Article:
AA: I really struggled with the ending. Given the enormity of Humair’s mistake, it didn’t seem possible for him to reach any kind of clear resolution during the course of the story, but I still wanted it to feel as if he had traveled somewhere by the end of it. But whenever I wrote an ending, Humair seemed to drift towards it. It was when Patrick Ryan came to the story with fresh eyes and a suggestion about giving Humair more agency that I think I finally found the ending.
LV: Upon first reading “The Red One Who Rocks,” I was struck by the vivid setting of Sehwan. This is a story where place is as much of a character as the humans who inhabit it. Can you talk a little bit about the setting, and how it’s being used in the story?
AA: Sehwan during the Urs is a place of swirling celebration and spiritual connection. I was hoping that placing these characters, all of whom are suffering deeply, in the joyful chaos of the Urs would create a kind of heightened discord in the story. The kind of discord that would underline the disconnection the bereaved can feel as they move through the world, certainly when they travel through a world which seems to have moved on when they cannot.
LV: Humair, Rashda, and Imli are all rich and fascinating characters. Yet the story is told from Humair’s perspective, in close third. Why did you choose to tell the story from his point of view?
AA: Using Humair’s point of view allowed me to explore the way grief can collide with guilt. Many of us struggle with feelings of guilt when we lose loved ones. What interested me about Humair’s guilt was how complicated it is. He is responsible for Saima’s death, and he’s not sure what he felt for her then or now. The messiness and ambiguity of his feelings made him an interesting point from which to explore how fraught and complex grief can be.
LV: In addition to your fiction, you’ve also written for the stage. What does writing for the theater teach you about fiction, and vice versa? Do you know what form an idea will take before you sit down to write?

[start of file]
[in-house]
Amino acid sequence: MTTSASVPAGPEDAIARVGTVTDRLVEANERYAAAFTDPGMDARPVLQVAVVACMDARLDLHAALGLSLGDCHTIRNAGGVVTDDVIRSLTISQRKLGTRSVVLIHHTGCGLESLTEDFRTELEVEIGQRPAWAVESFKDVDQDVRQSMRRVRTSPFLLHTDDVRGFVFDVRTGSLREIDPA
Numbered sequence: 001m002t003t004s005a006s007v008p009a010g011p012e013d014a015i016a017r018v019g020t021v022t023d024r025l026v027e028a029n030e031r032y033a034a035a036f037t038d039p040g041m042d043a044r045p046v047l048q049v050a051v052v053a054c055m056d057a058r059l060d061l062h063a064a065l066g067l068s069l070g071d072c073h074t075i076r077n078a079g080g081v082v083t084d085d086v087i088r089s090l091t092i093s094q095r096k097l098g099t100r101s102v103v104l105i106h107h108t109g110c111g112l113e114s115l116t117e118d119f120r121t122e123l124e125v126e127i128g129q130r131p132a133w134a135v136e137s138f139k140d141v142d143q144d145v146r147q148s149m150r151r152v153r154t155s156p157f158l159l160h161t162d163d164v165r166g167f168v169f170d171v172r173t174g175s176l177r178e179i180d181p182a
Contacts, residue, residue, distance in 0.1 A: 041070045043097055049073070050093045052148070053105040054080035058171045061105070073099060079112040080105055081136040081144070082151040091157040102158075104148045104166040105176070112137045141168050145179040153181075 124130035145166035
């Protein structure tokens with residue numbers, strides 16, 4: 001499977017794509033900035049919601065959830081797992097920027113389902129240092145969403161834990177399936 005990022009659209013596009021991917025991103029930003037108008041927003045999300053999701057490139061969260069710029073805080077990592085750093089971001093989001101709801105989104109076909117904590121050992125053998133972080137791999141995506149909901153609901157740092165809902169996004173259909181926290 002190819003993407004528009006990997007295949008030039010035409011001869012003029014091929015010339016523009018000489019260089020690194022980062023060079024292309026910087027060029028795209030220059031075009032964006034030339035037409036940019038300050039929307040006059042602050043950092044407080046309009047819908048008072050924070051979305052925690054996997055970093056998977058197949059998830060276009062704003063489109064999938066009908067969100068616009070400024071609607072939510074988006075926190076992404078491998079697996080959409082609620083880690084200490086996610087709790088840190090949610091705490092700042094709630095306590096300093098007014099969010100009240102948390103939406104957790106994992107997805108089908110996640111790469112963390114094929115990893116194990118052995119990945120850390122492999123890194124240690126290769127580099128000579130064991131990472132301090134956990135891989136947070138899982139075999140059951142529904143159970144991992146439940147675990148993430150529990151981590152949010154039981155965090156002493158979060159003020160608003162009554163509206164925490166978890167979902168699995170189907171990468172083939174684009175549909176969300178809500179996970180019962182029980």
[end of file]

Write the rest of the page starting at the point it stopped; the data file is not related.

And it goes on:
AA: I think working in drama often trains you to look at stories through a structural lens, and so I do tend to think of stories in terms of act structure and event, which is often useful for troubleshooting when a story isn’t working.

The other great value of writing plays is that you get to watch an audience watching your work. You can see if they’re sleeping through it, if they’re laughing in the right places, or the wrong places. It’s both thrilling and humbling! Of course, this is something you don’t experience when writing fiction. And, in fact, I’ve always felt when I write fiction that really I am writing for myself, but having the experience of a production and of immediate feedback from an audience has definitely made me more mindful of the reader, of my obligation to connect with them, to keep them in view when I write.
LV: How long did it take you to complete this story?
AA: I have long periods of putting a story away when I’m writing, but in all, writing on and off, it’s taken about seven years. I have one or two stories that were written quickly in a couple of drafts but most have, like this one, taken many years.
LV: What are you working on now?
AA: I am working on a crime novel set in Pakistan in the 1960s. I always thought Lahore would make a great setting for a noir and so the story begins with a murder in the old city and goes on to explore the history of a family and of Pakistan.
LV: What is the best bit of advice about writing you have ever received?
AA: In the first draft of this piece, the character Imli appeared halfway through the story. When I workshopped the draft, my teacher, Kevin Brockmeier, suggested introducing Imli early on as a way of focusing the story’s intentions right away. It was the kind of really practical suggestion that helped to remind me that effective storytelling is often about balancing setup and payoff in a way that will best satisfy the reader.